A380 completes maiden voyage

Sydney welcomes "the big fella" as superjumbo completes first commercial flight.

    After long delays and billions of dollars in cost overruns, the A380 is finally taking to the skies [AFP]

    The flight came some 18 months later than originally planned, with delays in manufacturing and delivery of the aircraft costing European manufacturer Airbus billions of dollars in overruns.


    The A380 unseats the Boeing 747 as the world's largest passenger aircraft and can accomodate up to 853 passengers in an all-economy class set up.


    Factfile: Airbus A380

    Length: 73 metres

    Wing area: 845 sq metres (enough to park 72 cars on each wing)

    Passengers: Up to 853 in an all-economy configuration

    Price: $320m

    A380 has 50 per cent more floor space than the Boeing 747

    Each A380 has 530 km of wiring

    Airbus has received 180 firm orders and commitments to buy the aircraft

    Emirates is biggest customer with an order for 55 jets

    However, Singapore Airlines has opted to install just 471 seats on its A380s, focussing on providing more space for its premium passengers in business and first class.


    Other airlines are due to begin getting their first deliveries of the A380 early next year.


    According to Airbus the A380 is the most fuel efficient and quietest passenger jet ever built, from both the inside and outside.


    The top bidder in the seat auction was Julian Hayward, a 38-year-old Briton who lives in Sydney, who bid more than $100,000 for what he called a "little bit of history".


    He flew in seat 1A.


    "It's like a party on board," said Hayward, who said he had been "pampered and spoiled" as flight attendants plied the debut passengers with champagne and caviar.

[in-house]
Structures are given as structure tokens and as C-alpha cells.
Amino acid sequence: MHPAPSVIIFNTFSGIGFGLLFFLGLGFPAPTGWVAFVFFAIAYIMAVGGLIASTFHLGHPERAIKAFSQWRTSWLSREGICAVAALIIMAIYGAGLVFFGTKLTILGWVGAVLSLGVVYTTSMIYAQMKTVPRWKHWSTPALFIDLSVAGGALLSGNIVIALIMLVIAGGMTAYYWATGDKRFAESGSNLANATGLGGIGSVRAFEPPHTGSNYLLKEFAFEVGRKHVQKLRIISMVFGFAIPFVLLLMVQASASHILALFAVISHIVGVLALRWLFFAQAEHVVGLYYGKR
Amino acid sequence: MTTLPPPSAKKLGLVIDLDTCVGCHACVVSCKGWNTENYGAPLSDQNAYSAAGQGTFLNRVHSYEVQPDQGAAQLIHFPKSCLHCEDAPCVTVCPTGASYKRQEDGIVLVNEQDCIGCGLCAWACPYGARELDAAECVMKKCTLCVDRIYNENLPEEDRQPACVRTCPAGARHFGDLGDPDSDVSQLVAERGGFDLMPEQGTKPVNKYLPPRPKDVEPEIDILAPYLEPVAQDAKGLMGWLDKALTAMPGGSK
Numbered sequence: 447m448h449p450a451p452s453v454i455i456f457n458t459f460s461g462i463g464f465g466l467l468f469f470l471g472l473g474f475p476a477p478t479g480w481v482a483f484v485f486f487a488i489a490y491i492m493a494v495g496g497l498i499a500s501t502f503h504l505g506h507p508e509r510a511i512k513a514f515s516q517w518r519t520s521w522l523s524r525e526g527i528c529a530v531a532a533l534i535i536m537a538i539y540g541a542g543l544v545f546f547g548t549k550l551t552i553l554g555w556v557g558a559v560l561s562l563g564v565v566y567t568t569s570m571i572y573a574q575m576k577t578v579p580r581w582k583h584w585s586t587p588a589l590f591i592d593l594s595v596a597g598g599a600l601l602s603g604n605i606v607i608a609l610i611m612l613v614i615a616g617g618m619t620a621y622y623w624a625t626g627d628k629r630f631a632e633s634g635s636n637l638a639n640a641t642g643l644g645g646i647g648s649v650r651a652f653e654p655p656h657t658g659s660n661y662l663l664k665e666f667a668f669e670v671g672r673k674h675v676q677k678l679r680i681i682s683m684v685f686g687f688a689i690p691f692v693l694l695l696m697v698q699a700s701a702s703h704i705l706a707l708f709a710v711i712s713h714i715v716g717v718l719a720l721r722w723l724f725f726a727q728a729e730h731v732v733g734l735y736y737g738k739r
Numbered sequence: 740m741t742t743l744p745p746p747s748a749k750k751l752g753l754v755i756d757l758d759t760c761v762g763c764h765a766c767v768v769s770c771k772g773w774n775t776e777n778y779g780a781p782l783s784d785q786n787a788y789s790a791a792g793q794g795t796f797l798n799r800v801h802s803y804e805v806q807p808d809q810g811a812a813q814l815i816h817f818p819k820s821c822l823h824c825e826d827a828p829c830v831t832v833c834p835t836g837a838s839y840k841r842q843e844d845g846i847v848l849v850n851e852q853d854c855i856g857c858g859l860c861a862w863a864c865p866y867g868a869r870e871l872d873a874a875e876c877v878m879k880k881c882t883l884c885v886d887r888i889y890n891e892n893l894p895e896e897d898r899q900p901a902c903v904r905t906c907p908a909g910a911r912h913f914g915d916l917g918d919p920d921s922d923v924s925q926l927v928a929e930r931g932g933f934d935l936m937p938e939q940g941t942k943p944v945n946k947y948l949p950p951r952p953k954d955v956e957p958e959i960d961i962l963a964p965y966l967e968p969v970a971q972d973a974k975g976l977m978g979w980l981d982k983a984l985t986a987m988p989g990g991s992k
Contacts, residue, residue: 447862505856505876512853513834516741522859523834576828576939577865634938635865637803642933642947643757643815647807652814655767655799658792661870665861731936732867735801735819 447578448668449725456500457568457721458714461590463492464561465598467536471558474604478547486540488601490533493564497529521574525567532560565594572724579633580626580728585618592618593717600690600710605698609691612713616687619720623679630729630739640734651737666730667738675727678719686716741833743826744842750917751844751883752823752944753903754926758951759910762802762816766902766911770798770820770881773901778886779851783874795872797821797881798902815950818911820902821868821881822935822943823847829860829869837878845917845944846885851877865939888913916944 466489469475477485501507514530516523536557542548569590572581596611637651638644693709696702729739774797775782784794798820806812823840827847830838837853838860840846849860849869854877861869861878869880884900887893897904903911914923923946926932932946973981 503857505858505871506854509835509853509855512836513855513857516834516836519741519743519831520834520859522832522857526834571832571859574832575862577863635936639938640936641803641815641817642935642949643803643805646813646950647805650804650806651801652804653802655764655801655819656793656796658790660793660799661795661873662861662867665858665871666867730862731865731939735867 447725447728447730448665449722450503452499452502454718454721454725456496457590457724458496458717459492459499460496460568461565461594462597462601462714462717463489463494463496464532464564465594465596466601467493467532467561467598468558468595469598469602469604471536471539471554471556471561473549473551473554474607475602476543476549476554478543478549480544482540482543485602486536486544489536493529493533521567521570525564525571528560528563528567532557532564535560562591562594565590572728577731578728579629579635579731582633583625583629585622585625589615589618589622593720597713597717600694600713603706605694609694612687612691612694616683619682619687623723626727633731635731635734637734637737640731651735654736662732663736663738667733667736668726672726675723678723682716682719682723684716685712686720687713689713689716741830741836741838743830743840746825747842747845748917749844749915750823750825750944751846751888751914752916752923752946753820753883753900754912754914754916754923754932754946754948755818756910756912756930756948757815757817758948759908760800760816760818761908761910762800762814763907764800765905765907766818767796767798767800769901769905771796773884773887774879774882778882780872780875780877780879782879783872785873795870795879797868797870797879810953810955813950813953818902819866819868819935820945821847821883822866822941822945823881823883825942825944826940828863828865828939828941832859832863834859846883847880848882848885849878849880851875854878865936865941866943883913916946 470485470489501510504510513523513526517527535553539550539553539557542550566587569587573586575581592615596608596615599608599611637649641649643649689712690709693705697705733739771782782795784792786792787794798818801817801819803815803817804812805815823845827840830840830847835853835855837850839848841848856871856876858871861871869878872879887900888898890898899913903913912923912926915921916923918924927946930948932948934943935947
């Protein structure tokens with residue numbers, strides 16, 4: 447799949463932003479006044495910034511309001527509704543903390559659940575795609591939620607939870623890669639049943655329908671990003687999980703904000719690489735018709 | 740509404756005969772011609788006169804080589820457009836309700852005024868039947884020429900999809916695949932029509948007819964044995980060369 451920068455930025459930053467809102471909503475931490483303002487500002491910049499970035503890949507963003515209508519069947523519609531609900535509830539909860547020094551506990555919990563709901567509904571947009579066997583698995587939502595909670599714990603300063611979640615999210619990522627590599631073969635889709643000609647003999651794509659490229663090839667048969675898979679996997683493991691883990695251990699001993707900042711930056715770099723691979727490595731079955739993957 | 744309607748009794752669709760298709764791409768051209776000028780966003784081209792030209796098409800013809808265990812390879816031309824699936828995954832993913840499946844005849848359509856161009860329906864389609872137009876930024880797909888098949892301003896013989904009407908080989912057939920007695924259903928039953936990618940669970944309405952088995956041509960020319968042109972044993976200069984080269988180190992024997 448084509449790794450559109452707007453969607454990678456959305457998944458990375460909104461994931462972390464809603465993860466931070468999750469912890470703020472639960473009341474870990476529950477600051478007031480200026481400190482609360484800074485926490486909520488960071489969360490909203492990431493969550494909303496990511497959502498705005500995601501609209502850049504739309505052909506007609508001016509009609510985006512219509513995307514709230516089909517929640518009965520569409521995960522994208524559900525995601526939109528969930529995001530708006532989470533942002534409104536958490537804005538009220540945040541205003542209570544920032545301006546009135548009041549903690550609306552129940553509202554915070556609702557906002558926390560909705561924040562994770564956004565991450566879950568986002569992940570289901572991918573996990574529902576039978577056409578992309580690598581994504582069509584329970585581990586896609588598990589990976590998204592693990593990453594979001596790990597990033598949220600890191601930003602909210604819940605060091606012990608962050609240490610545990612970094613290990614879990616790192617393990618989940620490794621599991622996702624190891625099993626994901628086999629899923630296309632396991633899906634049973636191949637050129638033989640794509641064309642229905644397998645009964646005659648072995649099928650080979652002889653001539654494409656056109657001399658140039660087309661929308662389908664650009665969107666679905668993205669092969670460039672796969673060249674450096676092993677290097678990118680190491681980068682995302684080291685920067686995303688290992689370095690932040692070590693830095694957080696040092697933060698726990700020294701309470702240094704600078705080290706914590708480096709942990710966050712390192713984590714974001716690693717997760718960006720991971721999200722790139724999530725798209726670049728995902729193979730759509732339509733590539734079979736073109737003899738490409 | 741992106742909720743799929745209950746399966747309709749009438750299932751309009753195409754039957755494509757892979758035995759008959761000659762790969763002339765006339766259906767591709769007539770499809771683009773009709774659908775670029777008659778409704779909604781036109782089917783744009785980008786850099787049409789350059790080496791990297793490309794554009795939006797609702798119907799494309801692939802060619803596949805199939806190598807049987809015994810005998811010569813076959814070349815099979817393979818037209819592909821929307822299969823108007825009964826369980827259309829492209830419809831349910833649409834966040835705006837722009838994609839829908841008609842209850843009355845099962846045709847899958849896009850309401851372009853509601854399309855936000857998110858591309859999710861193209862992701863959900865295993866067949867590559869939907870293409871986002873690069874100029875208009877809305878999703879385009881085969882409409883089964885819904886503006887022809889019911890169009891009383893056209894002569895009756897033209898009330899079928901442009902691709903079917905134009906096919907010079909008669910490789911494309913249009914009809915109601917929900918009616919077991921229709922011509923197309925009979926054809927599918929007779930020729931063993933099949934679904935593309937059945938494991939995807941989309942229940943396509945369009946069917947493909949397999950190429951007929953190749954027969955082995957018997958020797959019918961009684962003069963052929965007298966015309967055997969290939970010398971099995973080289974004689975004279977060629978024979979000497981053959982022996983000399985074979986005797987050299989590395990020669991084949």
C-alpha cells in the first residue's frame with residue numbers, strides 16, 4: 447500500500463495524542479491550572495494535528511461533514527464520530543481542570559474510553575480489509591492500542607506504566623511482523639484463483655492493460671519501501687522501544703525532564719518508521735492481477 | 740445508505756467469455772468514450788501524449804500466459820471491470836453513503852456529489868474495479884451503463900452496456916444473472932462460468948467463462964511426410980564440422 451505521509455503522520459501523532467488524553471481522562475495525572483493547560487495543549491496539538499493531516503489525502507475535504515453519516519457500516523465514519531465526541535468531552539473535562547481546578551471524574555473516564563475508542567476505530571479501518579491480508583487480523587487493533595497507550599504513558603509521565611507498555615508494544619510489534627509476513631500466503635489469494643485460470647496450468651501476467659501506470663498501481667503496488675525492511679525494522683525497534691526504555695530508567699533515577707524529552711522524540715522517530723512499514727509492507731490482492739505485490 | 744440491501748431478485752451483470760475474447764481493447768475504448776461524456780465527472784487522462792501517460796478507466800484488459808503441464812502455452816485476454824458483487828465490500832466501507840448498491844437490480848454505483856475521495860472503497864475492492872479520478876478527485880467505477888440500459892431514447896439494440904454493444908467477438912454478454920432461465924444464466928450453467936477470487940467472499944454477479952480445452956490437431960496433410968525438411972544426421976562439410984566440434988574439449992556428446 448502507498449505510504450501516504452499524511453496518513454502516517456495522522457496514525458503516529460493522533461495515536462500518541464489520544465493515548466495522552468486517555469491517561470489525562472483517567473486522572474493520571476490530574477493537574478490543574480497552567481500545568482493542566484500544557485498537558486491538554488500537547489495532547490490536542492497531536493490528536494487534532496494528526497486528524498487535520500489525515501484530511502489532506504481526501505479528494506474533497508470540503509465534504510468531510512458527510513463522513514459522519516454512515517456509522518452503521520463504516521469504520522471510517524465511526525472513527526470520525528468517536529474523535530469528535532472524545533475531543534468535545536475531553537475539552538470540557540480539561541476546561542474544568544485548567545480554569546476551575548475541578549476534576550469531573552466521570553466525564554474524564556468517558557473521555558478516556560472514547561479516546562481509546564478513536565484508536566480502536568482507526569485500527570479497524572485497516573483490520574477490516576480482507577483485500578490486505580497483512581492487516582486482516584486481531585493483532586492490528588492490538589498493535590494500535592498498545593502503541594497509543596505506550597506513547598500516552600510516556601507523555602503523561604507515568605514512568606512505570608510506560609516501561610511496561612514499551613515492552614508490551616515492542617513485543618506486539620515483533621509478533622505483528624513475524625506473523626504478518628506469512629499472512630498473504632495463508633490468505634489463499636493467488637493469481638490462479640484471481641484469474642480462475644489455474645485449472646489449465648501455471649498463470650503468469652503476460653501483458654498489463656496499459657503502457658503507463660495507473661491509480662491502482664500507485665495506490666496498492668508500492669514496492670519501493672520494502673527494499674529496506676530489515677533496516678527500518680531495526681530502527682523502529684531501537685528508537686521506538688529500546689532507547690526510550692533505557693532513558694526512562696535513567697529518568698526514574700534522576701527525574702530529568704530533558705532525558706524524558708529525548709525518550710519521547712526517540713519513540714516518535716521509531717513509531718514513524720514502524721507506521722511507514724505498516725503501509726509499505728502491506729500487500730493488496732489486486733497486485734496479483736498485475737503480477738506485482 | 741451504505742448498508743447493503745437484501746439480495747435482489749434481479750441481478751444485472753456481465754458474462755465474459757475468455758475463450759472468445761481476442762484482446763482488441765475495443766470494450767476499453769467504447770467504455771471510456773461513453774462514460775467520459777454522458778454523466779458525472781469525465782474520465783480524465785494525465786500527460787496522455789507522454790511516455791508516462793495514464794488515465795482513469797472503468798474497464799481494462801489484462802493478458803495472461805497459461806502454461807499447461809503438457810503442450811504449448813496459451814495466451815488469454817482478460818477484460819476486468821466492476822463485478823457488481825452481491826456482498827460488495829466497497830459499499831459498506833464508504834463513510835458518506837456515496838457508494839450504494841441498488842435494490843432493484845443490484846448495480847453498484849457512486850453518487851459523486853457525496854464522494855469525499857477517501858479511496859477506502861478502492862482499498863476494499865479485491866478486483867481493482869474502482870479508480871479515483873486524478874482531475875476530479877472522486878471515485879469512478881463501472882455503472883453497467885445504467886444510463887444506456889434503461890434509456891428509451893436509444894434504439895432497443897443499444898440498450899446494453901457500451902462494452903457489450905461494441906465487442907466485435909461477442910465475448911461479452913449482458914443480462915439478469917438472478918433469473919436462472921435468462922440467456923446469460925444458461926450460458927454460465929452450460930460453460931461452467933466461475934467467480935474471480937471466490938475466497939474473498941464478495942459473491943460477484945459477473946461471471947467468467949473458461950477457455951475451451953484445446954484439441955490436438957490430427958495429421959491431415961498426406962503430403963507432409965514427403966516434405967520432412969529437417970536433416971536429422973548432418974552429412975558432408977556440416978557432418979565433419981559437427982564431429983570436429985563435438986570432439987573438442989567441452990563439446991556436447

Despite delays in delivering the first aircraft, Airbus has high hopes for the A380 in its battle with US rival Boeing.


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    The European manufacturer is banking on a future international aviation market centred on large numbers of passengers travelling on trunk routes between major hubs.


    Boeing, on the other hand, says its sees the future of air travel in midsized aircraft flying between more airports.


    As a result Boeing is putting its energies into developing its 787 "Dreamliner".


    The US aircraft maker has so far secured at least 710 orders for its 787, whereas Airbus has only 180 orders for the A380 – still well below the number analysts say the company needs to break even on the project.


    Following Thursday's inaugural flight Singapore Airlines is due to begin regular A380 flights on the busy Singapore to Sydney route on Sunday.


    As the first airline to fly the new aircraft, aviation analysts say Singapore Airlines is likely to enjoy a significant marketing advantage in the coming months.


    Dubai-based airline Emirates, the A380's largest customer with 55 on order, will not take delivery of its first aircraft until next August.

    SOURCE: Agencies


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